Opinion | Susan Knopf: Uplift and empower our immigrant community | SummitDaily.com

Opinion | Susan Knopf: Uplift and empower our immigrant community

Susan Knopf
For the Record

I live in Summit County because I feel at home with the community values the vast majority of our citizens live each and every day. I feel a sense of comfort and pride of place knowing that I’m a part of community that genuinely cares about neighbors, the environment, living a healthy lifestyle and creating a positive culture that allows diverse people to thrive and grow.

Outside our little snow globe has never felt more foreign to me than it does right now. Can someone tell me when decency and integrity took a back seat to xenophobia, greed and political gamesmanship? Can we all treat each other as we’d like to be treated?

A June Fox News poll found 52% of Americans say voting for a candidate who has “high ethical standards” is most important. Seventy-four percent of respondents say they’ll be “voting for a candidate who will unite Americans around shared values.”

Can we start with the shared value so beautifully articulated by Emma Lazarus, the 1903 inscription at the base of the Statue of Liberty?

“Give me your tired, your poor,
Your huddled masses yearning to breathe free,
The wretched refuse of your teeming shore.
Send these, the homeless, tempest-tost to me,
I lift my lamp beside the golden door!”

Can we please start with people escaping drug war violence and seeking economic opportunity? I wrestle painfully with the idea that those who are struggling to find a better life encounter some of the worst inhumanity as they are subjugated by our border services.

Susan Knopf

This week, the Associated Press, New York Times, WAMU and others reported hundreds of migrant children were removed from a Border Patrol station in Clint, Texas. WAMU and the Times reported lawyer Elora Mukherjee, director of the Immigrants’ Rights Clinic at Columbia Law School, said, “There is a stench. The overwhelming majority of children have not bathed since they crossed the border. … The conditions were the most degrading and inhumane conditions I have ever seen and I have been representing asylum-seeking children and their families in detention facilitates since 2007. This is unacceptable and should not be happening in America.”

WAMU reported Dr. Dolly Lucio Sevier visited the Ursula detention center in McAllen, Texas, and said, “What impacted me the most was the inability of the mothers to wash their infant’s formula bottles. … They rinse (the bottles) with water that’s supposed to be used for drinking, in a bathroom sink that does not have running water, and they have no soap.”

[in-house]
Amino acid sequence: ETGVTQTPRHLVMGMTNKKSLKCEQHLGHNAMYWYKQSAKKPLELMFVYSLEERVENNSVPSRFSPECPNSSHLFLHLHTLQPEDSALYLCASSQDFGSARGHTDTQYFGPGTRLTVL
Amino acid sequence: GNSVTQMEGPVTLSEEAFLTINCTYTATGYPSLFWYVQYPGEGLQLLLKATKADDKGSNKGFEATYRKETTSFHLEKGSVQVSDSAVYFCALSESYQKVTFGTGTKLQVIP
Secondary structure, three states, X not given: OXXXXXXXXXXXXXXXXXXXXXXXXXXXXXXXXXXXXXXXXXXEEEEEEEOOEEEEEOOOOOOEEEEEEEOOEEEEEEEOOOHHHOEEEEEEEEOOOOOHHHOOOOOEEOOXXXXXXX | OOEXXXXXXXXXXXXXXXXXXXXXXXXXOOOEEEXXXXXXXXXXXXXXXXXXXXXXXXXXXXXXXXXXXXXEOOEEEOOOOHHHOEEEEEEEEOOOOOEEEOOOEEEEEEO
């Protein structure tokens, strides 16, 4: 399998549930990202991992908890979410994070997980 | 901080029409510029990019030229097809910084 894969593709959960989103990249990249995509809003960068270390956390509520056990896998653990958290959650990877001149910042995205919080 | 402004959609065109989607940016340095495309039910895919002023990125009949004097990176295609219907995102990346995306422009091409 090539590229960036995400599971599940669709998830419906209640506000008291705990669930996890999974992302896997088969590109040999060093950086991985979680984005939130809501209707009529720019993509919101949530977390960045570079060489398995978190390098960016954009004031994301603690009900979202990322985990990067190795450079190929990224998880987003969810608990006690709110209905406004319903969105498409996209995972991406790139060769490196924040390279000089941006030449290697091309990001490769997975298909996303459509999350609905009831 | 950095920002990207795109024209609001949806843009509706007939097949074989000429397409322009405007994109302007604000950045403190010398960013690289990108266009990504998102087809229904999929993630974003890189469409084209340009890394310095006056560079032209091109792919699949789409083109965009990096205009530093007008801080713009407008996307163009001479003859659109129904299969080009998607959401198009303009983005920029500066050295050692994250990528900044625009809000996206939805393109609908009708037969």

Courthouse News Service reports more than 1,400 unaccompanied immigrant children are expected to be held at a former Japanese Internment camp at Fort Sill, Oklahoma.

For the record, U.S. Customs and Border Protection reports 56,278 unaccompanied alien children were detained this year through the end of May, a 74% increase over last year. In my humble opinion, this is a problem President Donald Trump created. Well maybe he didn’t create it, but he sure exacerbated it. When we first started reporting Trump’s border immigration emergency, there was no emergency. The more he ranted about it, the more the problem grew.

More people were apprehended in the first eight months — 676,000 people — of the 2019 fiscal year than in any other 12-month period in the past five years. Just prior to Trump’s wall emergency and government shutdown to get his wall, immigration apprehensions were down. The lowest immigration rates occurred in 2017 according to Border Protection.

We’re spending billions going into profiteers’ pockets to warehouse these people, often in filthy cages, when they could be working, paying taxes and contributing. Proper efficient border security would mean good-paying jobs for Americans, instead of billions of taxpayer dollars going to deficient and inhumane warehousing.

I’m proud that one of the newest charities in Summit County is Mountain Dreamers, an organization dedicated to pushing forward citizenship and opportunities for young people who were brought here as children.

In a town meeting this week, state Rep. Julie McCluskie and Colorado Attorney General Phil Weiser spoke about how the Summit County community is often a model for the state, and the state a model of political cooperation for the nation. We hope Mountain Dreamers and the myriad of Summit County programs designed to uplift and empower our immigrant workforce will enlighten and encourage others to follow suit.

Susan Knopf’s column “For The Record” publishes Fridays in the Summit Daily News. Knopf has worn many hats in her career, including working as an award-winning journalist and certified ski instructor. She moved to Silverthorne in 2013 after vacationing in Summit County since the 1970s. Contact her at sdnknopf@gmail.com.


Start a dialogue, stay on topic and be civil.
If you don't follow the rules, your comment may be deleted.